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United States. Office of Indian Affairs / Annual report of the Commissioner of Indian Affairs, for the year 1874
([1874])

[Dakota],   pp. 238-259 PDF (10.7 MB)


Page 256

256  REPORT OF THE COMMISSIONER OF INDIAN AFFAIRS. 
winter by Mr. A. Hunter, and this summer by M. Irwin Mathews, has been characterized
by irregularity of attendance, owing to the same reasons stated relative
to district No. 1. 
That school, however, is in a large and prospectively prosperous settlement,
and we look for 
fruit of our labors there. 
We have as yet no school-house proper at Long. Hollow, but are allowed the
use of the 
church of the Presbyterian society at that place, a building not quite suitable
for school- 
purposes. Tne school taught by Albert Frazier the past winter and summer
is the first 
attempt of the kind in that district, and, all things considered, the results
are quite as good 
as could be expected. The teacher, Mr. Frazier, is half Dakota, and speaks
the native 
tong-te well, but teaches in English, and is faithful and hopeful. 
The manual-labor boarding-school, located near this agency, the main building
of which 
was commenced last summer, and so far inclosed as to admit of temporary use
since last 
autumn for the girls' department, is an institution of deep interest to this
people  Eighteen 
girls have been admitted and enrolled as pupils in this department of the
school, and have 
made very commendable progress every way, under the faithful and experienced
labors of 
Mr. Samuel Armor, principal, and Mrs. Alice L. Armor, teacher. The boys'
department of 
this school, for the time being. has been under the tuition of Mr. W. K.
Morris and Miss Martha 
Baker, teachers, and Mrs. Martha Riggs Morris, matron and teacher of music.
Consider- 
ing the disadvantageous circumstances, the building occupied for the time,
and anticipa- 
tion of a better state of things at hand on the completion of the new building,
the efforts 
in this department have been effective and gratifying in the education and
maral culture of 
the pupils, fifteen in all, as per enrollment. On the completion of the buildings
now in pro- 
cess of construction, the two departments will be consolidated early this
autumn. The work 
on this building is being pushed to early completion, in which, when done,
we hope to be able 
to accommodate some sixty pupils, and to realize the best of results to this
people. We 
have also two district-school houses to be erected this year, if practicable.
I have to report the erection and completion of a frame house for the physician's
use at 
this agency; also, the erection and inclosure of a frame house for Gabriel
Renville, on his 
farm, and material and mechanical aid to several others in the erection and
inclosure of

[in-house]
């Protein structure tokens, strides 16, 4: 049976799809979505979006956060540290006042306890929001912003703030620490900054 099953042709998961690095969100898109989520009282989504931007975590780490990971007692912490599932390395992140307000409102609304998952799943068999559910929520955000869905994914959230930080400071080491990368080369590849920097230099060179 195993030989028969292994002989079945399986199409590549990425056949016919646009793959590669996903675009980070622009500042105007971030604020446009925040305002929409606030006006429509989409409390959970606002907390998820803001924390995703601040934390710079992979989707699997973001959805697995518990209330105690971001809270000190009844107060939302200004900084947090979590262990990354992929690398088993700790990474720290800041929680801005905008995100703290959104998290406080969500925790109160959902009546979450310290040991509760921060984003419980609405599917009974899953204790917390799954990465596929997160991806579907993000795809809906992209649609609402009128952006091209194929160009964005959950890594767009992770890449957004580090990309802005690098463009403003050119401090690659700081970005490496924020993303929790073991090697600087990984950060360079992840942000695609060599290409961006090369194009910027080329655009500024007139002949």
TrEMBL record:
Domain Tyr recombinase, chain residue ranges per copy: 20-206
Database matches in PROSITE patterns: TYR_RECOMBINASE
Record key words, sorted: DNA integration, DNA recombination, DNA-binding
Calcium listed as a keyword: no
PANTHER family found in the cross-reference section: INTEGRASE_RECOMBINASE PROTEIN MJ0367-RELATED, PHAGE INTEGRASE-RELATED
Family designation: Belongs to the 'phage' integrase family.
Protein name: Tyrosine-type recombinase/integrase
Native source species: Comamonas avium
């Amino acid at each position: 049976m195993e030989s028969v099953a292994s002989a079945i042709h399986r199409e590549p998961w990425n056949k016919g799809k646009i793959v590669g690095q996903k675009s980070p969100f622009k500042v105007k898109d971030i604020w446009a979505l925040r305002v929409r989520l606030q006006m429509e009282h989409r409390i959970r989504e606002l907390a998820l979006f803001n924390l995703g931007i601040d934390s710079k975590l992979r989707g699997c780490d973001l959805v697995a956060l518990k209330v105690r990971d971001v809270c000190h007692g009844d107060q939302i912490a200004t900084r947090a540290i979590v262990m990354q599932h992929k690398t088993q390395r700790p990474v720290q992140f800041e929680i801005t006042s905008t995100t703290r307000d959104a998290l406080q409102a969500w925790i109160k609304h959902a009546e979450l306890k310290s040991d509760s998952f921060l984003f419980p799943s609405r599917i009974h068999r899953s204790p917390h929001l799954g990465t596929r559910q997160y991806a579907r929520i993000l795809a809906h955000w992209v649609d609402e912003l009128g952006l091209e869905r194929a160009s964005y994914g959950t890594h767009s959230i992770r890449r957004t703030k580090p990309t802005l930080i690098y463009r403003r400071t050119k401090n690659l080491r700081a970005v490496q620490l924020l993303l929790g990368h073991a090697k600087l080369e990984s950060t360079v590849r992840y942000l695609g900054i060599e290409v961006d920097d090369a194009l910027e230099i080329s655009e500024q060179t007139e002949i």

houses for those who themselves are working for homes for their families.
Aid, to a certain 
extent, by the services of one of our regularly-employed carpenters, has
been rendered the 
Ascension Church Society in building a new house of worship, in lieu of the
one they sold 
to the United States Government for school-purposes, in accordance with instructions
re- 
ceived under date of July 7, 1873. 
The Presbyterian church at Mayasan is engaged with commendable zeal and enthusiasm
in building a house of worship this autumn. 
Many of our workingmen are contemplating building good and substantial houses,
and 
are asking for aid in the way of shingles, flooring, windows, doors, &c.,
and mechanical 
labor by carpenters and masons. These and many other such efforts of this
people might be 
reported, showing very clearly the advancement and prospects of these Indians.
MORAL STATUS. 
The Sabbath is generally observed by rest from labor and traveling, and by
attendance 
on divine services. Very little, if any, spirituous liquors have been introduced
or used 
during the year on this reservation. We show no quarters to the liquor-dealers,
excepting 
it may be a small stone building erected at this agency last autumn for such
lawless and 
defiant men.  No ostensibie pagan or idolatrous worship is observed here,
although it is 
reported that there are those who conjure the sick and use incantations,
such as their fathers 
practiced forty years ago when in pagan darkness. 
POLYGAMY AND BIGAMY. 
These are fast passing away, and we trust all such old practices are destined
soon to be 
numbered among the things and customs of the past. Although we bear with
the old men 
in their unfortunate social alliances and embarrassments in this respect,
we encourage the 
young men to marry only one woman each, and to keep themselves clear of all
such social 
entanglements of the old pagan type.  This social difficulty is one of the
greatest hinder- 
ances to the progress and prosperity of this people. 
CHIEFTAINSHIPS. 
Chieftainships and warriors' honors are alike failing to command even the
intelligent, 
working, and progressive Indians and halfobreeds here, and no unreasonable
tribute can be 
laid upon them for the maintenance and support of any old claims of this
kind. 
CHURCH-ATTENDANCE, ETC. 
There are six Presbyterian churches organized on this reservation, with a
membership of 
410, and a native pastor for each church. Public religious services are held
regularly in all 
these churches, besides at several out-stations, with good and regular audiences,
which we 
encourage and protect so far as we can consistently with prescribed duty.
Regular Sabbath 
services in English have been kept up for the benefit of those speaking English,
including 
*the employcs at the agency, conducted usually by the agent, except during
a few weeks 


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